However, by this time it was already obvious that in most cases the death penalty was replaced by another punishment or pardon. Between 1770 and 1830, there were issued about 35,000 death sentences in England and Wales, of which 7,000 were executed.
The first attempt to introduce a moratorium was made by the Parliament in 1930. It was recommended to suspend the application of the death penalty for 5 years in order to assess the consequences. However, a final decision wasn't taken.
In 1938, this issue was again brought to the Parliament through a clause in the Criminal Justice Bill – it was an experimental five-year suspension of the death penalty. However, the bill was postponed due to the outbreak of war in 1939.
Between 1900 and 1949, 621 men and 11 women were executed in England and Wales, as well as ten German agents during the First World War and 16 spies during World War II.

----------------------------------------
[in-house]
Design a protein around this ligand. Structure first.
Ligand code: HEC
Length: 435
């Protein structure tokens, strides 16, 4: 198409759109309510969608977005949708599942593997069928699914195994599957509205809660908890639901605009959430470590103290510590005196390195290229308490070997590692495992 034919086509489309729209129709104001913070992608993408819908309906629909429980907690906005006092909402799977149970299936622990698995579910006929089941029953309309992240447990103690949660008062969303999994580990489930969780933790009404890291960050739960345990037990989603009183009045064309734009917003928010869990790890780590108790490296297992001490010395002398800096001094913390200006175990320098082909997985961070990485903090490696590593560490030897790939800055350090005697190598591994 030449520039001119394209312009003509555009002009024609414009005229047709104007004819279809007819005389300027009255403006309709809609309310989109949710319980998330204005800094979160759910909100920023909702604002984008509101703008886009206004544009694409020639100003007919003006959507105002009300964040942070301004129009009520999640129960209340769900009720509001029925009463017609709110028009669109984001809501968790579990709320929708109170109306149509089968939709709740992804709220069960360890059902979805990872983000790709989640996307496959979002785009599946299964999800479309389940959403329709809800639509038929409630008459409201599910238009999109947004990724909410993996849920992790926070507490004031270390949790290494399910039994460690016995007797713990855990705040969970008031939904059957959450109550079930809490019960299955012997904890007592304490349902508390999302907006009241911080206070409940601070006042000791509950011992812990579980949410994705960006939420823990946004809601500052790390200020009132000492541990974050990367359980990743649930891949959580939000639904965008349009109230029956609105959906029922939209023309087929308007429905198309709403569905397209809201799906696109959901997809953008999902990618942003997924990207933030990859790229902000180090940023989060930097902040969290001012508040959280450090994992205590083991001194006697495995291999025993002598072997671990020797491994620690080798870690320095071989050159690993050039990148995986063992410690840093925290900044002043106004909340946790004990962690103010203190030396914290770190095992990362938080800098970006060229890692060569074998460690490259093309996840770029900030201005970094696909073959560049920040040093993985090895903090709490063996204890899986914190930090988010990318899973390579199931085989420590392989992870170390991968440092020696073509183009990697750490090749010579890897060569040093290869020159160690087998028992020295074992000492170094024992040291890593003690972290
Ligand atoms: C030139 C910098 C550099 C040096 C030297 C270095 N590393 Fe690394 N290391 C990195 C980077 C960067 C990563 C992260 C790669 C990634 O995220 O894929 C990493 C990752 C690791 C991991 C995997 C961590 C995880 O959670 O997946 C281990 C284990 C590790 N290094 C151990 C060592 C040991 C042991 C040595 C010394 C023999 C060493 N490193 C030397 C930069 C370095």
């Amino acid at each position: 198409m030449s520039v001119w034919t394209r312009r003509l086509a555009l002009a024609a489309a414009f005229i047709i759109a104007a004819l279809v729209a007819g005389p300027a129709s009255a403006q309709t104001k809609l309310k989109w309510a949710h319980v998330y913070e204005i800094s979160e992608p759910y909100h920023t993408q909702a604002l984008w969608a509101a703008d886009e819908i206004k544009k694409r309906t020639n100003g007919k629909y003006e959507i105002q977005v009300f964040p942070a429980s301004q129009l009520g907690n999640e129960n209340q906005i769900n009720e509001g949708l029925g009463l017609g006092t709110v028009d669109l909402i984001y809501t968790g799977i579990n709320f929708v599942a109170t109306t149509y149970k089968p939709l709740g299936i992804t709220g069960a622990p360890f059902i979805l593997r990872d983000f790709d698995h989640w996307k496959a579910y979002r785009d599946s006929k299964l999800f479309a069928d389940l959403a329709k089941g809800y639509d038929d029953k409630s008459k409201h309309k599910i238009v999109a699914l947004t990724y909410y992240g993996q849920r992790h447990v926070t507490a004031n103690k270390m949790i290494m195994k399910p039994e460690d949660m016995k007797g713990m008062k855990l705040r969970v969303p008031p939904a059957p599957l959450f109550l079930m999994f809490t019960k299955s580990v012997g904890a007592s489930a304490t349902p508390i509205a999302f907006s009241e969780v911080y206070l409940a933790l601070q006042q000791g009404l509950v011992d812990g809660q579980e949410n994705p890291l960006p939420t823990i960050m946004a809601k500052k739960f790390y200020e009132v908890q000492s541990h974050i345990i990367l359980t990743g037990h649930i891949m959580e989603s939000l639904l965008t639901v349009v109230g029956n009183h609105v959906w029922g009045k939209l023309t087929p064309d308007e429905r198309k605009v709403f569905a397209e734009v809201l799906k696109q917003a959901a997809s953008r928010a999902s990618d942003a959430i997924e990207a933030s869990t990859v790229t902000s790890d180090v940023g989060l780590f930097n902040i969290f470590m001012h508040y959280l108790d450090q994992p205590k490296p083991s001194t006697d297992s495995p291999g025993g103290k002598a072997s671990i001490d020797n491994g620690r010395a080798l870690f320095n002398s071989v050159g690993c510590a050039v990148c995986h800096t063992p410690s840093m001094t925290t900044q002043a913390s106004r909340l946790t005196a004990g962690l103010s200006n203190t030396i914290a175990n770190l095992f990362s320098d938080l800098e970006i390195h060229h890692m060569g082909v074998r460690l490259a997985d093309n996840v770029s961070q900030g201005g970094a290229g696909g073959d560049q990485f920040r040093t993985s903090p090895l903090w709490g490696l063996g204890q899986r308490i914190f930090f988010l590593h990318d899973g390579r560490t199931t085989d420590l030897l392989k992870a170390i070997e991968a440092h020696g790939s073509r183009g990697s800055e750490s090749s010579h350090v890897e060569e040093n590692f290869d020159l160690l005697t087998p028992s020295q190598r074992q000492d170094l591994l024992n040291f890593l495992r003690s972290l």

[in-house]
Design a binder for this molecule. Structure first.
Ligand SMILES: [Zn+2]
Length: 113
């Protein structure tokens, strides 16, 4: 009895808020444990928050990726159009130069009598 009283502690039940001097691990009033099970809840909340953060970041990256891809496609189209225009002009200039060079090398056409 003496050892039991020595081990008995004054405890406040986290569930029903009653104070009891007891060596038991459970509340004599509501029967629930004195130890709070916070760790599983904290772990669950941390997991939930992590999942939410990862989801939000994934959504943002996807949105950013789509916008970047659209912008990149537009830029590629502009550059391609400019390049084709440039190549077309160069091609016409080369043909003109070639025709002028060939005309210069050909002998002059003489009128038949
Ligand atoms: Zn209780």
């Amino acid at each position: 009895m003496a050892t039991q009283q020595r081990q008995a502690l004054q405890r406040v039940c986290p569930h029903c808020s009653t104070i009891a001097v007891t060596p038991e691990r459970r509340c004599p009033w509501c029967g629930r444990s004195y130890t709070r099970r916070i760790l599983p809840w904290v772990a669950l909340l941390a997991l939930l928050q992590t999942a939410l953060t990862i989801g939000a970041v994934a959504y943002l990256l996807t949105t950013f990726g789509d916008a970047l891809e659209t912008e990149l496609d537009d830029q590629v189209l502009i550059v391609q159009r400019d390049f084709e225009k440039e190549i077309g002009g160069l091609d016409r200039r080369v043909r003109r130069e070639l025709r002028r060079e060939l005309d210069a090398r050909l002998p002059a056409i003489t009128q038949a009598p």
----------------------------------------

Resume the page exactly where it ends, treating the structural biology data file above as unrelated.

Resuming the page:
At the same time, in 1925 the National Campaign for the Abolition of Capital Punishment formed and continued to campaign for abolition up to the end. Several then well known Left wing politicians were members of this, including prime minister to be, Harold Wilson. It would be wrong to leave out mention of one of the most tireless campaigners against capital punishment in the period from 1935 to 1960. This was Violet Van der Elst (1882-1966) who was also known as “Sweet Violet” and less flatteringly as “VD Elsie”. Although she came from a humble background she became very wealthy and would arrive outside prisons on the eve of an execution in her Rolls Royce. Here she would play hymns through loudspeakers and distribute leaflets to the crowd. She was considered as an annoyance by the authorities and an object of amusement and derision by the public. It was not at all unusual for her to be fined for causing an obstruction or for some other minor public order offence. Her first major demonstration took place outside Wandsworth on at the hanging of Leonard Bristock on April 2, 1935. She wrote a book entitled “On the Gallows” in 1937 which was an apologia for some recently hanged criminals both in Britain and in the USA. It is unclear whether her campaigning really had any effect.